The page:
Sea Bird Surveys Provide Long-term Data and Effects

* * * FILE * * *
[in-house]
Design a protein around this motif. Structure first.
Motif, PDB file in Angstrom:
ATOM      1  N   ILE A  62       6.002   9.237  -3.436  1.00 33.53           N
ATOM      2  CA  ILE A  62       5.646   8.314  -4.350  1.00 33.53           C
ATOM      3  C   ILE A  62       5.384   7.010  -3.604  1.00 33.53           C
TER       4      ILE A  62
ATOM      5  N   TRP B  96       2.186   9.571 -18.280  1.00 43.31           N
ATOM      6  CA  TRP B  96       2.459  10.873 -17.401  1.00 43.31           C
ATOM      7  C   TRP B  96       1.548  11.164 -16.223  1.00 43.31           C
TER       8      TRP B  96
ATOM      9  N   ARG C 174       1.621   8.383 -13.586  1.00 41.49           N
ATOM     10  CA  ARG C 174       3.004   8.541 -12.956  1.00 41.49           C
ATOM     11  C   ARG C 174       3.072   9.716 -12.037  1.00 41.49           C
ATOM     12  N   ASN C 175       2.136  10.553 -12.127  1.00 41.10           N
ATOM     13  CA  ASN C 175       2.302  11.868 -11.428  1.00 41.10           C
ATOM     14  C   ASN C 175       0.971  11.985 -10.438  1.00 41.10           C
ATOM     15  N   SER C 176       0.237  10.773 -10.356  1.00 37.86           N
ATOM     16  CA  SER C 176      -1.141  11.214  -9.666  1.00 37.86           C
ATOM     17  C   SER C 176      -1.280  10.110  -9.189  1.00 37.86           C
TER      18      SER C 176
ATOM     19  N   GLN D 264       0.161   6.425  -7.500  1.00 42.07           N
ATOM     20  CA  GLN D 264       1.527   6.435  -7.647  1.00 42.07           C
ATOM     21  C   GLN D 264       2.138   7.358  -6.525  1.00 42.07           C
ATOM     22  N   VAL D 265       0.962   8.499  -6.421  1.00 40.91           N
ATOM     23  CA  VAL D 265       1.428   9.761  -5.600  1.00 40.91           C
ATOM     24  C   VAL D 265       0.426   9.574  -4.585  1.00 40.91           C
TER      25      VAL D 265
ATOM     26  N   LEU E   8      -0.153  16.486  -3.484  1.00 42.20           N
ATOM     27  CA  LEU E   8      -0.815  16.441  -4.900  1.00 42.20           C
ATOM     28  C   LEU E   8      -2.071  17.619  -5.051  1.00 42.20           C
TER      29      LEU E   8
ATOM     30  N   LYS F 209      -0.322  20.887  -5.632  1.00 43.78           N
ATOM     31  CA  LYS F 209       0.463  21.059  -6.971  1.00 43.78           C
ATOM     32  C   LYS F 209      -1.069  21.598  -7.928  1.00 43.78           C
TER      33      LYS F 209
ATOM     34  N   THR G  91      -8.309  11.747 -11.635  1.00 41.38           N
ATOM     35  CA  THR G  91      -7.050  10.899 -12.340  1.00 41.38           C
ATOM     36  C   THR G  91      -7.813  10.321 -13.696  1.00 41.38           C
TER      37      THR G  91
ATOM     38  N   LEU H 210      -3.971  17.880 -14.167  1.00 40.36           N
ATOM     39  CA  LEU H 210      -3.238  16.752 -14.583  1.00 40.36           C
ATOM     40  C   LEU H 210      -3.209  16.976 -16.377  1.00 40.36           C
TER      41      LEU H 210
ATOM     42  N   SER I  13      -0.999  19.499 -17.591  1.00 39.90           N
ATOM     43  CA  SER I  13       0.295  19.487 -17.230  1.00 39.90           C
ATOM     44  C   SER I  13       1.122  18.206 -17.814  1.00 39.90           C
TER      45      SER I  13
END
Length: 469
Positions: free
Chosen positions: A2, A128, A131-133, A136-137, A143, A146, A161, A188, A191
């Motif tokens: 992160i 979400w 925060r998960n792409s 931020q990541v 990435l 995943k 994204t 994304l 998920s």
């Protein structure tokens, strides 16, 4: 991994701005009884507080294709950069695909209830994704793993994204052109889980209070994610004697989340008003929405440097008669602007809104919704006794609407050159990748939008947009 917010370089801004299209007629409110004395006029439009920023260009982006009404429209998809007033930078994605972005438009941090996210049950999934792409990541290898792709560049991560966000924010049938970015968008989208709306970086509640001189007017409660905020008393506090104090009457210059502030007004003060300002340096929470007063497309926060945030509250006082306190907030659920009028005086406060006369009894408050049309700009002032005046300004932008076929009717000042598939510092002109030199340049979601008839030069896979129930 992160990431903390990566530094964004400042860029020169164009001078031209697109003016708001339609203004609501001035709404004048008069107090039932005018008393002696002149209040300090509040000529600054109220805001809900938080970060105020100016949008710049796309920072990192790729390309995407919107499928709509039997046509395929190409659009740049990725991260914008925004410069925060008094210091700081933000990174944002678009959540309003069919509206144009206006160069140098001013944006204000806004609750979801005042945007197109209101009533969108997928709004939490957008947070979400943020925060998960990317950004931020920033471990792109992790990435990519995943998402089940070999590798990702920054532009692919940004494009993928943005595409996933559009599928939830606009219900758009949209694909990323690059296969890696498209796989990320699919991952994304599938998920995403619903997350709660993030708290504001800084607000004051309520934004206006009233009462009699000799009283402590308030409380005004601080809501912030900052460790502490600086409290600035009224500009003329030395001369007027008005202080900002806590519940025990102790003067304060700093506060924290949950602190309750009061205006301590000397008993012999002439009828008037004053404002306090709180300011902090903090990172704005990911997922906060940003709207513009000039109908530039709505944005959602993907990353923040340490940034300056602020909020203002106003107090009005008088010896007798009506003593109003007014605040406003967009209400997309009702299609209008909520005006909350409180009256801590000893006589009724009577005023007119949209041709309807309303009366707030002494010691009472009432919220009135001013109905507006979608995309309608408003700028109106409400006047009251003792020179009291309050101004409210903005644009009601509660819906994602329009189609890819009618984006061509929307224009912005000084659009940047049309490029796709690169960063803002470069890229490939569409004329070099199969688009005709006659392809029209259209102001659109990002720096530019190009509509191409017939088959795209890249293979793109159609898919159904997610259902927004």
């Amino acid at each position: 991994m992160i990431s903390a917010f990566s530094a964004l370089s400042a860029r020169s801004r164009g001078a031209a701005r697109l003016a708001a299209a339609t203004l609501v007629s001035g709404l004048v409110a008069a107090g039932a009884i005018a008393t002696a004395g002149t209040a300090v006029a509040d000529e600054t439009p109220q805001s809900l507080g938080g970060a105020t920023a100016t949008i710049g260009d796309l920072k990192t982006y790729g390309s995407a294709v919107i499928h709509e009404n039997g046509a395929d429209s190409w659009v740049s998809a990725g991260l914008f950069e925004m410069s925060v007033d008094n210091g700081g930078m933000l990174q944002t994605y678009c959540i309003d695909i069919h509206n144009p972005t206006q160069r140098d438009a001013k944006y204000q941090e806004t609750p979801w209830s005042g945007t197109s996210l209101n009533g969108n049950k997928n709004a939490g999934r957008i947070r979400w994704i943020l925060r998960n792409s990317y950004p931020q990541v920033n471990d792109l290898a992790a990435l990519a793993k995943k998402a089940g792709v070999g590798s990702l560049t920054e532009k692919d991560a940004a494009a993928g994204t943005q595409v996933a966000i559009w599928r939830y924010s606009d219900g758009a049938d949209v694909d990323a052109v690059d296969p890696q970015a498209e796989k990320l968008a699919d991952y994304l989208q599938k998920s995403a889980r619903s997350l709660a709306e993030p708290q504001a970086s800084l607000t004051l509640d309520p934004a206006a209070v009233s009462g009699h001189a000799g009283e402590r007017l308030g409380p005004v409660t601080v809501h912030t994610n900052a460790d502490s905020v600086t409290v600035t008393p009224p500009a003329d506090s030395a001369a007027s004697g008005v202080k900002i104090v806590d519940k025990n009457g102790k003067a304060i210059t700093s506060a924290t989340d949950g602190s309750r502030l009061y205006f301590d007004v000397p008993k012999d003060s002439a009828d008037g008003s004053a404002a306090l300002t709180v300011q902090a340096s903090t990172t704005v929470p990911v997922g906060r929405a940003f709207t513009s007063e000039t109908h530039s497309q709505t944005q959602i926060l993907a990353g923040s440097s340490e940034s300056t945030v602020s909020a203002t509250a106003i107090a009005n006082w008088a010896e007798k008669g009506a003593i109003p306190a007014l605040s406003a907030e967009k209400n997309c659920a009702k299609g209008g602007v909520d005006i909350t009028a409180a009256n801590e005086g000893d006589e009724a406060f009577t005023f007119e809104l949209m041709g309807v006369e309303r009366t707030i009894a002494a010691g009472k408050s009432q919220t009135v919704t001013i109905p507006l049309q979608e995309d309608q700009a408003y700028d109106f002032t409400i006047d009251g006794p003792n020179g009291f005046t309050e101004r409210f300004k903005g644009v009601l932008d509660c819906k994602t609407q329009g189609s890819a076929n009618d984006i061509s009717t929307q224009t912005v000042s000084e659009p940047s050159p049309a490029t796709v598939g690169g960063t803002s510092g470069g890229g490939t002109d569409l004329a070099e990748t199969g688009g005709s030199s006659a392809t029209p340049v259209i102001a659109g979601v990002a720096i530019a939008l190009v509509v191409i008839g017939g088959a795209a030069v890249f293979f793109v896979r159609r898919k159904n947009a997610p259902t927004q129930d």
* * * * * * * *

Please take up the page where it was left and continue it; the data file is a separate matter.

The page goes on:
A researcher conducting a survey of a local sea bird population.The area affected by the Exxon Valdez oil spill supports a high abundance and diversity of marine birds throughout the year. Approximately one million marine birds inhabited the area prior to the spill, of which an estimated 100,000 to 300,000 initially died. The Trustee Council has funded marine bird research and monitoring projects since 1990, which have provided important insights into the ecology of seabirds, as well as the process of recovery from the oil spill. In turn, these data provide a window into the health and recovery status of the ecosystem as a whole. For example, research and monitoring of the harlequin duck, indicated the unanticipated duration of exposure to lingering oil in the nearshore zone, as well as the subsequent effects on individuals and populations. This work has been important for understanding the consequences of chronic exposure to residual oil still available to birds and mammals in the spill area, long after the immediate, acute effects are over. In addition to documenting the processes and constraints to recovery from the spill, the research and monitoring funded by the Trustee Council, have provided datasets that serve as benchmarks to detect future changes in the ecosystem.

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